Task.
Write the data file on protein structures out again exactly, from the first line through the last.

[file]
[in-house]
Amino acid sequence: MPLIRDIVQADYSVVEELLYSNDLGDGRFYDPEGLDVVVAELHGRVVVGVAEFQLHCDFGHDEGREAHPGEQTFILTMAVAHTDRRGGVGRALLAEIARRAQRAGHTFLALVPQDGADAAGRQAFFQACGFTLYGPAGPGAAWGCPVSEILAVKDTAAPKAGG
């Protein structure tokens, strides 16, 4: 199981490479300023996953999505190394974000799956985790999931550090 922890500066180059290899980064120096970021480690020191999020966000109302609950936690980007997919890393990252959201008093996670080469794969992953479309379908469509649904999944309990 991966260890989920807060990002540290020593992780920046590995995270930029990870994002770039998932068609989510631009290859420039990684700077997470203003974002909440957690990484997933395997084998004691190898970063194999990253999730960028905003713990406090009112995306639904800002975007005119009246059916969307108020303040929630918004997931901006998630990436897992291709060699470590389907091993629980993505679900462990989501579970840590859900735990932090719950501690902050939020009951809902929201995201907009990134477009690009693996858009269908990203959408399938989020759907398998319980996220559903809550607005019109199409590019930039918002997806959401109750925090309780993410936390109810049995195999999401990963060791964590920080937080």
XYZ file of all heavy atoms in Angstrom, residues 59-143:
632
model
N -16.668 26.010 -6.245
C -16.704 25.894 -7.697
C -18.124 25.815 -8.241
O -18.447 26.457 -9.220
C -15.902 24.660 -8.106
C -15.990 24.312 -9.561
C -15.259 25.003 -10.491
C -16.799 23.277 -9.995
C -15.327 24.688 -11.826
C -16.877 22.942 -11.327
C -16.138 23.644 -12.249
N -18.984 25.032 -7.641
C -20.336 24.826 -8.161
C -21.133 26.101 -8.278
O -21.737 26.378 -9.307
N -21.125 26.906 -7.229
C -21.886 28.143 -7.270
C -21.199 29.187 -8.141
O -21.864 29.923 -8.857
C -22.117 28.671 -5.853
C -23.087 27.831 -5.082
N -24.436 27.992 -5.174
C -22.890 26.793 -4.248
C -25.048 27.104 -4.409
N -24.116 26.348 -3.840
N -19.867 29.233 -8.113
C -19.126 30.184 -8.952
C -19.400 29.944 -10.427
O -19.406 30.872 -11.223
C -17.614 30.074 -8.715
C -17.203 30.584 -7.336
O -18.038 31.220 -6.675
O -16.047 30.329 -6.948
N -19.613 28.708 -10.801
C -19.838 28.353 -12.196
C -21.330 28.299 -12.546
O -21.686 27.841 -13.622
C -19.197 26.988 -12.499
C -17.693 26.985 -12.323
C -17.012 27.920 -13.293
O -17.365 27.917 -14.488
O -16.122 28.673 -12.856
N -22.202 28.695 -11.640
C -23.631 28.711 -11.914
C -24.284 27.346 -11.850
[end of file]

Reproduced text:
[in-house]
Amino acid sequence: MPLIRDIVQADYSVVEELLYSNDLGDGRFYDPEGLDVVVAELHGRVVVGVAEFQLHCDFGHDEGREAHPGEQTFILTMAVAHTDRRGGVGRALLAEIARRAQRAGHTFLALVPQDGADAAGRQAFFQACGFTLYGPAGPGAAWGCPVSEILAVKDTAAPKAGG
């Protein structure tokens, strides 16, 4: 199981490479300023996953999505190394974000799956985790999931550090 922890500066180059290899980064120096970021480690020191999020966000109302609950936690980007997919890393990252959201008093996670080469794969992953479309379908469509649904999944309990 991966260890989920807060990002540290020593992780920046590995995270930029990870994002770039998932068609989510631009290859420039990684700077997470203003974002909440957690990484997933395997084998004691190898970063194999990253999730960028905003713990406090009112995306639904800002975007005119009246059916969307108020303040929630918004997931901006998630990436897992291709060699470590389907091993629980993505679900462990989501579970840590859900735990932090719950501690902050939020009951809902929201995201907009990134477009690009693996858009269908990203959408399938989020759907398998319980996220559903809550607005019109199409590019930039918002997806959401109750925090309780993410936390109810049995195999999401990963060791964590920080937080």
XYZ file of all heavy atoms in Angstrom, residues 59-143:
632
model
N -16.668 26.010 -6.245
C -16.704 25.894 -7.697
C -18.124 25.815 -8.241
O -18.447 26.457 -9.220
C -15.902 24.660 -8.106
C -15.990 24.312 -9.561
C -15.259 25.003 -10.491
C -16.799 23.277 -9.995
C -15.327 24.688 -11.826
C -16.877 22.942 -11.327
C -16.138 23.644 -12.249
N -18.984 25.032 -7.641
C -20.336 24.826 -8.161
C -21.133 26.101 -8.278
O -21.737 26.378 -9.307
N -21.125 26.906 -7.229
C -21.886 28.143 -7.270
C -21.199 29.187 -8.141
O -21.864 29.923 -8.857
C -22.117 28.671 -5.853
C -23.087 27.831 -5.082
N -24.436 27.992 -5.174
C -22.890 26.793 -4.248
C -25.048 27.104 -4.409
N -24.116 26.348 -3.840
N -19.867 29.233 -8.113
C -19.126 30.184 -8.952
C -19.400 29.944 -10.427
O -19.406 30.872 -11.223
C -17.614 30.074 -8.715
C -17.203 30.584 -7.336
O -18.038 31.220 -6.675
O -16.047 30.329 -6.948
N -19.613 28.708 -10.801
C -19.838 28.353 -12.196
C -21.330 28.299 -12.546
O -21.686 27.841 -13.622
C -19.197 26.988 -12.499
C -17.693 26.985 -12.323
C -17.012 27.920 -13.293
O -17.365 27.917 -14.488
O -16.122 28.673 -12.856
N -22.202 28.695 -11.640
C -23.631 28.711 -11.914
C -24.284 27.346 -11.850